Finally, drug delivery device designers are under pressure to create environmentally conscious products. Choosing a sustainable design will therefore be important in the development of connected delivery devices. Hybrid designs – which combine a reusable connected ‘shell’ in which the electronics are embedded with a disposable device element – could greatly reduce a device’s carbon footprint compared to fully disposable devices.


COVID-19 has shone a light on the importance of having a rapid regulatory approval process for new medical products so that patients can begin to reap the benefits. Regulatory authorities are exercising keen scrutiny of the tangible impact of digital technologies on patients.

For its part, the US Food and Drug Administration regulates manufacturers of any electronic product and has formally recognized several consensus standards related to wireless medical devices.[3] However, providing hard evidence of patient benefits is challenging without widespread deployment and adoption of these products.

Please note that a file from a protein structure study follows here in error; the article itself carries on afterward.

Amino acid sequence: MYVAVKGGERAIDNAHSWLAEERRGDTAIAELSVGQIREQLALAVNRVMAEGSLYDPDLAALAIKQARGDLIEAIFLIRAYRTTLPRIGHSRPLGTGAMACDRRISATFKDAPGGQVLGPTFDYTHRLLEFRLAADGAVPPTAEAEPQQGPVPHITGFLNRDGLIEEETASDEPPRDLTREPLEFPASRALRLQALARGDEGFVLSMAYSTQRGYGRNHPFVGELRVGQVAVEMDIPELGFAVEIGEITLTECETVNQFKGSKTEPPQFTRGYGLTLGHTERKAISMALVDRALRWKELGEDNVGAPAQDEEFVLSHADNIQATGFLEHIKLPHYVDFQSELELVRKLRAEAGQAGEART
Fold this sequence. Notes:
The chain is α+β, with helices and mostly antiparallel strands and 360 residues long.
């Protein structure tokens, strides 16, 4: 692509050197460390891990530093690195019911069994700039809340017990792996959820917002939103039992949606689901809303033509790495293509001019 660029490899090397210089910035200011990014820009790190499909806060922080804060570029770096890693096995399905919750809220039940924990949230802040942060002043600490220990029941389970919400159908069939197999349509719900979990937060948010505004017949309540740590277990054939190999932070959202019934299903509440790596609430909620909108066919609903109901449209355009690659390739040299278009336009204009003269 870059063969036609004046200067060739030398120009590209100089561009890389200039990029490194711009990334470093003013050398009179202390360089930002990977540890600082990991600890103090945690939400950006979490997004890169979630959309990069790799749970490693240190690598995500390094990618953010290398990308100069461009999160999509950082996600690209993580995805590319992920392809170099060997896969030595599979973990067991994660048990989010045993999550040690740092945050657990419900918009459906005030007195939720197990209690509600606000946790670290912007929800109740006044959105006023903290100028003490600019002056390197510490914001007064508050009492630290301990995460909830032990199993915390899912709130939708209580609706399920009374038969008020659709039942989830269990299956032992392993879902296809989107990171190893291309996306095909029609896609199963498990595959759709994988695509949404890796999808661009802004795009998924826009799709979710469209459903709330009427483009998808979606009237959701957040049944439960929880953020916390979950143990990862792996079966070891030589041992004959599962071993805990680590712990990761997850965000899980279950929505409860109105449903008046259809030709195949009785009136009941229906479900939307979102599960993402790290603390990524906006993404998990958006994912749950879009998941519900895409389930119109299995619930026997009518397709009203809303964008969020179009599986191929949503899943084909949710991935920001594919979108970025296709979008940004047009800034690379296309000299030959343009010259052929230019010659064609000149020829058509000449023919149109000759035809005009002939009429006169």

As such, it is hoped that facilitating the use of non-traditional data sources such as real-world data within regulatory submissions could accelerate and enrich innovation and development in this area. This is already being trialled in Europe, where the European Medicines Agency recently released guidance on the use of digital technologies to support approval of medicinal products. Acknowledging that digital tools are increasingly used in clinical trials, the guidance provides advice on determining the validity of collected data.

As noted by the agency, the guidance reflects their current experience, and further considerations may be added over time. This reflects the wider industry view that there is a great deal more to learn to realise the full potential of digitalisation in healthcare.[4]


[1] See for instance, Impact of a diabetes remote monitoring program on medication adherence; Kiraat D Munshi, PhD; Kyle Amelung, PharmD, BCPS; Callie S Carter, PharmD; Roberta James, MStat; Bimal R Shah, MD, MBA; and Rochelle R Henderson, PhD, June 2021: https://www.jmcp.org/doi/pdf/10.18553/jmcp.2021.27.6.724

[2] Cambridge Consultants, CONNECTED DRUG DELIVERY DEVICES: THE REALITY OF DESIGN AND DEVELOPMENT: https://www.cambridgeconsultants.com/sites/default/files/uploaded-pdfs/connected-drug-delivery-devices.pdf

[3] US Food & Drug Administration, Wireless Medical Devices, 09 April 2018

[4] European Medicines Agency, Questions and answers: Qualification of digital technology-based methodologies to support approval of medicinal products Status as of June 2020, 01 June 2020